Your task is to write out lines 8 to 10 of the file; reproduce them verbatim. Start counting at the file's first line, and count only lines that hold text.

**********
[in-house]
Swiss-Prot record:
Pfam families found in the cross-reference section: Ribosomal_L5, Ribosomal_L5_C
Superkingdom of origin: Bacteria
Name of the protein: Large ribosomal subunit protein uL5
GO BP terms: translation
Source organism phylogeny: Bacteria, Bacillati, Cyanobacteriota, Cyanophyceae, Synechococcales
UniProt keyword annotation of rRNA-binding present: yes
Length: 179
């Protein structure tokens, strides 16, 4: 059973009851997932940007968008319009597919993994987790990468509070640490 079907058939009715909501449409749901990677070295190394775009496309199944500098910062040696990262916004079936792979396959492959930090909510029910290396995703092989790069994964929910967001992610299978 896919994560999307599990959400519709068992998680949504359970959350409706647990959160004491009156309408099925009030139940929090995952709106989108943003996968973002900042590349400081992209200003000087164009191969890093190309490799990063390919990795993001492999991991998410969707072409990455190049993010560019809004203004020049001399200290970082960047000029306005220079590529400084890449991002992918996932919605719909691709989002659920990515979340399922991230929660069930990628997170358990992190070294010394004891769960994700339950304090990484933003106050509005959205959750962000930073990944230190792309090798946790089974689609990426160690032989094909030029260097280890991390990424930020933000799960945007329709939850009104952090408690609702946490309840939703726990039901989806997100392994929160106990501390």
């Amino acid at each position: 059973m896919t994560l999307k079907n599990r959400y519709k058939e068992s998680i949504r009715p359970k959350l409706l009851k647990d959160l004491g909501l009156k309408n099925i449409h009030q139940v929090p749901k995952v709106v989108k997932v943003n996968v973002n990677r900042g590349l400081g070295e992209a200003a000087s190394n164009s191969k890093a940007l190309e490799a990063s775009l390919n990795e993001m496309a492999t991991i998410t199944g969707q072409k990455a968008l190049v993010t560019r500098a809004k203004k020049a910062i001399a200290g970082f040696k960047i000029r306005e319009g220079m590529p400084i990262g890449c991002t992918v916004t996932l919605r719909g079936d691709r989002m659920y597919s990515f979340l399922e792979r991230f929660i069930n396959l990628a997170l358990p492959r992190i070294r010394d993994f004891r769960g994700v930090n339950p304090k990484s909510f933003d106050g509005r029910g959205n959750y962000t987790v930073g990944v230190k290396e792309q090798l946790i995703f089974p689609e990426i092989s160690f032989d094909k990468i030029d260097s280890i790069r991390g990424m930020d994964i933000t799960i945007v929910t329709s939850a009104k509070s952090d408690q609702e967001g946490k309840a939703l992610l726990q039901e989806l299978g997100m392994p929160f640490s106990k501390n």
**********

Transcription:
UniProt keyword annotation of rRNA-binding present: yes
Length: 179
């Protein structure tokens, strides 16, 4: 059973009851997932940007968008319009597919993994987790990468509070640490 079907058939009715909501449409749901990677070295190394775009496309199944500098910062040696990262916004079936792979396959492959930090909510029910290396995703092989790069994964929910967001992610299978 896919994560999307599990959400519709068992998680949504359970959350409706647990959160004491009156309408099925009030139940929090995952709106989108943003996968973002900042590349400081992209200003000087164009191969890093190309490799990063390919990795993001492999991991998410969707072409990455190049993010560019809004203004020049001399200290970082960047000029306005220079590529400084890449991002992918996932919605719909691709989002659920990515979340399922991230929660069930990628997170358990992190070294010394004891769960994700339950304090990484933003106050509005959205959750962000930073990944230190792309090798946790089974689609990426160690032989094909030029260097280890991390990424930020933000799960945007329709939850009104952090408690609702946490309840939703726990039901989806997100392994929160106990501390």